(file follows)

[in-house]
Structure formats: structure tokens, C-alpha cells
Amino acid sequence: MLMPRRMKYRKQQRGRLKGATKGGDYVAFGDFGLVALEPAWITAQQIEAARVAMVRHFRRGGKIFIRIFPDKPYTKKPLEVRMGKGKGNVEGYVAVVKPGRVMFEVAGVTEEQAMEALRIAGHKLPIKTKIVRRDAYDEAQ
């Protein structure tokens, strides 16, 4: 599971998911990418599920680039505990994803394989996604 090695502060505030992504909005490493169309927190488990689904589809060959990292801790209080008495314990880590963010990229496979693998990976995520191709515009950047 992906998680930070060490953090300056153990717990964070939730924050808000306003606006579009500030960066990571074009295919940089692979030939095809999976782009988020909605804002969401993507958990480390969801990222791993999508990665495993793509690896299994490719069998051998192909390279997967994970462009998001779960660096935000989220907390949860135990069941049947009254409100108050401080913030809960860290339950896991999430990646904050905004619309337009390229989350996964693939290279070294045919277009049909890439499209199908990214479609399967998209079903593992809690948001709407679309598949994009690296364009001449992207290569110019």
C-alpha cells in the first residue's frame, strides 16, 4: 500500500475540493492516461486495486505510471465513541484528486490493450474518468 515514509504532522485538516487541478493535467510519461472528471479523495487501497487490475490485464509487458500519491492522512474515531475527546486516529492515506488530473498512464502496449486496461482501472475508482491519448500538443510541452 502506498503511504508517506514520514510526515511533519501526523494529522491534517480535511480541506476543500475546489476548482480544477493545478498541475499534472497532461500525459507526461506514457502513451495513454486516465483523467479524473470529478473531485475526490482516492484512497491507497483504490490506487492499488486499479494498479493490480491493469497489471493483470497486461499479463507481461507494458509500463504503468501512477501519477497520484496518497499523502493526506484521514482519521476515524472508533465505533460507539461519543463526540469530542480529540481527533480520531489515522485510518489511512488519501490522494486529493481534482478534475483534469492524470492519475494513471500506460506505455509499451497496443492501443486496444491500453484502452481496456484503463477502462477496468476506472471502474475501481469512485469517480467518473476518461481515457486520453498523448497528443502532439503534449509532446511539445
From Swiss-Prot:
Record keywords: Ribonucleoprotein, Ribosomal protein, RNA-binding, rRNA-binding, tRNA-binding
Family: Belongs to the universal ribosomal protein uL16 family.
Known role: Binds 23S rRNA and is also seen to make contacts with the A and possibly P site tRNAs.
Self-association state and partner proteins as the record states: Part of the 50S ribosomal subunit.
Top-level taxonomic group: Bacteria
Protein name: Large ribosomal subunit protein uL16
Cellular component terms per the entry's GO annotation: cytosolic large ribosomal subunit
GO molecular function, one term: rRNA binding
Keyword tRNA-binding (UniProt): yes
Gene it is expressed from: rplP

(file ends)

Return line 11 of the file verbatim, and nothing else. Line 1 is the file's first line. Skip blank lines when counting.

Top-level taxonomic group: Bacteria